I received this email from Dr. Sears’ son, Skip, on Saturday:
“My Father passed away quietly at his home in Park City. 1/3/36-6/3/23. He had entered the hospital May 1, and had an aortic value replacement on May 8, he never really got a break after that. Just a slow decline. Your friendship and book meant the world to him and from his entire family, thank you. Best of luck in the future, Skip Sears”
We met in 1997, a few months after he had saved my dog’s life. As a then-reporter for the L.A. Times, I wanted to know how he did it. He was shy about having a spotlight placed on him because he had been burned in the past, but he finally agreed to an interview.
I drove up to the Sears Veterinary Clinic in Lancaster, California to have lunch with him and his wife Ruth. [Ruth died in October 2022]. He came out to the lobby to greet me. He was a big, friendly man in his early 60s with a full head of white hair. He held out his hand. “Call me Al,” he said as we shook hands. He spoke with a direct, country-wisdom, often punctuated with humor and a deep belly laugh.
This began an association with Dr. Sears that would outlast my relationship with the Los Angeles Times, my career in
journalism, our residency in California, and even the lifetime of my dog, Galen, who he had saved. Meeting Dr. Sears changed my life in ways neither of us would have expected. Either out of an abundance of politeness or a desire to give him respect, I always called him “Dr. Sears.”
We changed each other because of hope. He taught me to have hope for dogs who the experts had deemed to be hopeless. He showed me repeatedly that dogs could be saved from canine distemper. Even though he lacked the expertise and contacts to get his discovery published in a scientific journal, the plain truth of what he had found became impossible for me to ignore. More than that, I had to do something about it.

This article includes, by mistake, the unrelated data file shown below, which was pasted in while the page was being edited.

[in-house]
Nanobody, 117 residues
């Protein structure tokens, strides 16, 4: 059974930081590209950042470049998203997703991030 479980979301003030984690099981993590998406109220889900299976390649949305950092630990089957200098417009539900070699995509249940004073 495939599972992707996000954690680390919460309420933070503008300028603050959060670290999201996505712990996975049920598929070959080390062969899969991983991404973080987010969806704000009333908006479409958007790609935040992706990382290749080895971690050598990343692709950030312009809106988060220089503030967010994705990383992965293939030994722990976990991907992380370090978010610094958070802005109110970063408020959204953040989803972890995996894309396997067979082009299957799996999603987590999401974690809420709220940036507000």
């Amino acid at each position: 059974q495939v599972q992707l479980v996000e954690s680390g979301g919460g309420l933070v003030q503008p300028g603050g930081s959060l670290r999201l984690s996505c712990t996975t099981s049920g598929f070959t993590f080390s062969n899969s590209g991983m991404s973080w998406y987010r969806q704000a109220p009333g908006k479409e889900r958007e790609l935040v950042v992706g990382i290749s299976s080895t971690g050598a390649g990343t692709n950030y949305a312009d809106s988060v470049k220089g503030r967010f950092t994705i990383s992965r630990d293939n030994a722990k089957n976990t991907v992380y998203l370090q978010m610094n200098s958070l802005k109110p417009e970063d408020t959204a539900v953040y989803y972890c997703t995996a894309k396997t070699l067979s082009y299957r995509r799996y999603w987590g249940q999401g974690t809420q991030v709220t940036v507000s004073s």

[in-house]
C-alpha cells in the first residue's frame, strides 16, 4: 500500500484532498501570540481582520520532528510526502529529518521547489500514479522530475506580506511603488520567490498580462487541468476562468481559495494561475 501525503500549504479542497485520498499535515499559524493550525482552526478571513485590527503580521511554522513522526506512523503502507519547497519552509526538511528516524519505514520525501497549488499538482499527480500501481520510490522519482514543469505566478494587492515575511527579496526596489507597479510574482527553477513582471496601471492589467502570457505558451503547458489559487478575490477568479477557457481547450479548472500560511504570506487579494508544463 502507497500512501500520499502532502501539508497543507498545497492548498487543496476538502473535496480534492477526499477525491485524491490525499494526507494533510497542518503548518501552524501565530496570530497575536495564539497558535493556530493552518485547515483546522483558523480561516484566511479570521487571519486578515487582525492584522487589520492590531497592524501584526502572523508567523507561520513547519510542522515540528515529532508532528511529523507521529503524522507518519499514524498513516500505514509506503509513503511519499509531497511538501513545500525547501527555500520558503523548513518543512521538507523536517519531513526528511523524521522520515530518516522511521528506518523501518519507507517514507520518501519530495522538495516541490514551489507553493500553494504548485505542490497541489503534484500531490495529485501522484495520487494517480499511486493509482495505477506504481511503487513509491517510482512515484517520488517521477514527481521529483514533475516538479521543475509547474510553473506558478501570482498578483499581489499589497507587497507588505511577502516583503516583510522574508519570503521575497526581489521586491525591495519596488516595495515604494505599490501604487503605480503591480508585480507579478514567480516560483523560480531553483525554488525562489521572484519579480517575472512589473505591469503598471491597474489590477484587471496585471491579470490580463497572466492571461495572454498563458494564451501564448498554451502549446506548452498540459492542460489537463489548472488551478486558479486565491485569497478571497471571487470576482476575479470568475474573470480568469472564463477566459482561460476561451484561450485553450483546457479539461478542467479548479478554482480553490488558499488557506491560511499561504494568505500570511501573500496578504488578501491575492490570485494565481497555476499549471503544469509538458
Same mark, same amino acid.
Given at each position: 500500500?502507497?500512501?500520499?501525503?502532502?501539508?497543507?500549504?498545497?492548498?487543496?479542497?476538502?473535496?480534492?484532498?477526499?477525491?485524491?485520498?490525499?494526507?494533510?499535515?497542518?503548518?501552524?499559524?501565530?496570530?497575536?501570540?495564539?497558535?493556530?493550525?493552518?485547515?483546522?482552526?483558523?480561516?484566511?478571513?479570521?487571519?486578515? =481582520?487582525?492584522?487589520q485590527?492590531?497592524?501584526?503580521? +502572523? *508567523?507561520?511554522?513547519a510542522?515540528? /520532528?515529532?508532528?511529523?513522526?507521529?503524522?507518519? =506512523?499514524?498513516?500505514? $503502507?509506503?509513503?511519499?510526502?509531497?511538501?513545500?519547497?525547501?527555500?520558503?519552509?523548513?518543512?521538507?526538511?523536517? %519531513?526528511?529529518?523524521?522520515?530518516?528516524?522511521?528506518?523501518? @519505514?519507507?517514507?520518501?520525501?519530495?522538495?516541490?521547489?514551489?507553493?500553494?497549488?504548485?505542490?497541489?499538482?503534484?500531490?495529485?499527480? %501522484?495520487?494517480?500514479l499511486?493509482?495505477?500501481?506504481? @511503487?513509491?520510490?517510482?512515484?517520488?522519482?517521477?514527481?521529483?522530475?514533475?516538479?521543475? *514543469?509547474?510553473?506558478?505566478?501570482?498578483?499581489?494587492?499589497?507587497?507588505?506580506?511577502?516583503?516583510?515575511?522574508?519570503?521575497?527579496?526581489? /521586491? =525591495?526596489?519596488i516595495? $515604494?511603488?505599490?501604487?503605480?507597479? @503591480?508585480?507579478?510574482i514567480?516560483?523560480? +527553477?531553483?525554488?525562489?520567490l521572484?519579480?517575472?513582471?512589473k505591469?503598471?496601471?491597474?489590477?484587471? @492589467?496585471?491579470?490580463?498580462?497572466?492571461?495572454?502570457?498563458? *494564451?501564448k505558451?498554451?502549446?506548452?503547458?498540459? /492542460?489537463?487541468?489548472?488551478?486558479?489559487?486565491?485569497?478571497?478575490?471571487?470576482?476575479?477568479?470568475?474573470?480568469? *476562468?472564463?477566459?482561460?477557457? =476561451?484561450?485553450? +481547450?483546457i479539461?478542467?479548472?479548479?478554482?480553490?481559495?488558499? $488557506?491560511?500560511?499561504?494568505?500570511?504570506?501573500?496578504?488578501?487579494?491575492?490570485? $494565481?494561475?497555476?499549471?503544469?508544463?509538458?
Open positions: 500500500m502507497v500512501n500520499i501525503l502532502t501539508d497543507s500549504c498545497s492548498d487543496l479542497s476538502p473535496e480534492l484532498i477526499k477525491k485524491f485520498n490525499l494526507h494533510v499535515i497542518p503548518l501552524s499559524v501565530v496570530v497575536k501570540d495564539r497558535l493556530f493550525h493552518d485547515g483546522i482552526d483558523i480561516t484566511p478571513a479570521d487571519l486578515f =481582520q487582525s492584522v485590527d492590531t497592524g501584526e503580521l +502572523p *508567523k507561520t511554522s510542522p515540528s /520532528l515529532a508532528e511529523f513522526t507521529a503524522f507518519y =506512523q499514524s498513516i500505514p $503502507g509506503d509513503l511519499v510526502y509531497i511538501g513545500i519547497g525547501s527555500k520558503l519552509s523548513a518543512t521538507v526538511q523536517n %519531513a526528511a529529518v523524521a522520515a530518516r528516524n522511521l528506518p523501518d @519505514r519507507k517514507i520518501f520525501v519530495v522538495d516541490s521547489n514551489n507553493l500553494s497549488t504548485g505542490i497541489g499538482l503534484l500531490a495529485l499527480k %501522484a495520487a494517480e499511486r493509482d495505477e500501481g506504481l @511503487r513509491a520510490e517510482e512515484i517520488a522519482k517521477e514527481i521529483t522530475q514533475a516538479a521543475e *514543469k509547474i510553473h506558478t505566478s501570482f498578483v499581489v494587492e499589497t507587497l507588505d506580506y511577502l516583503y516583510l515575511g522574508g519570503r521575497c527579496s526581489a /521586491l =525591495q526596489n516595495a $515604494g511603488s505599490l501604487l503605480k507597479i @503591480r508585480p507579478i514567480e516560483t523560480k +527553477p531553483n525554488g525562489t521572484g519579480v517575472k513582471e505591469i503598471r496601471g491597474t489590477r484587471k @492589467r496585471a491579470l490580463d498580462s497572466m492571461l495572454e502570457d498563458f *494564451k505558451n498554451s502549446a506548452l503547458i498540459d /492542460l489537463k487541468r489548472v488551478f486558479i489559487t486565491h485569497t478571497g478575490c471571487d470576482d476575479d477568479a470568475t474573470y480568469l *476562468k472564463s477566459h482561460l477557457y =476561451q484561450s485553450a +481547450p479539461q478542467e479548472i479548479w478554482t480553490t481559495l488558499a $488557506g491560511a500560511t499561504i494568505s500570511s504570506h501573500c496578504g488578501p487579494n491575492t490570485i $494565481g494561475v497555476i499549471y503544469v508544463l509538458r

As a non-scientist, I knew I had no place in advocating for an unpublished treatment. But when a vet in Romania followed Dr. Sears’ protocols [which I had posted on my little-known website] and found they had the same life-saving properties Dr. Sears had seen, I became a full-throated advocate. Doing nothing would cause harm. Doing nothing meant letting dogs die when I knew at least some of them could be saved.
Dr. Sears and I then spent years working together to record what he had done to the best of our abilities and spread the word about his treatments. More dogs were saved than lost, but the ultimate goal had always been to see some scientist put his NDV serum to the test to determine its effectiveness in saving the lives of dogs in the pre-neurologic stage of the disease. Then, the hope would have been to see those results published in a peer-reviewed scientific journal.
That would have been the most reliable path to acceptance. I believe that would have ultimately saved the lives of most dogs.
That still has not happened. He always knew it would be a long road to acceptance, a destination he likely would not reach in his lifetime.
“You know what? I’m going to be long gone by the time
that this is accepted by my profession,” he said with a laugh in 2011. “I don’t expect it to be accepted within the next 10 years, OK? I’ve been playing with this for 50 years, and I still can’t get them interested. It boggles my mind.”
But in the years since we began our campaign, something else did happen. People began to have hope that their distemper dogs could be saved. They became more willing to try new techniques and more vets became more willing to support new treatments. Some dogs lived simply because the extra care gave them the time to eventually beat the virus. Some dog advocates have begun to push for further scientific research into how and why distemper dogs survive. This is all useful and encouraging.
But I still hold out the hope that someone will do a full and proper study of Dr. Sears’ NDV treatments and tell the world in no uncertain terms what they have found.
Rest in peace, Al.
— Ed Bond
Find out about the Save Dogs From Distemper book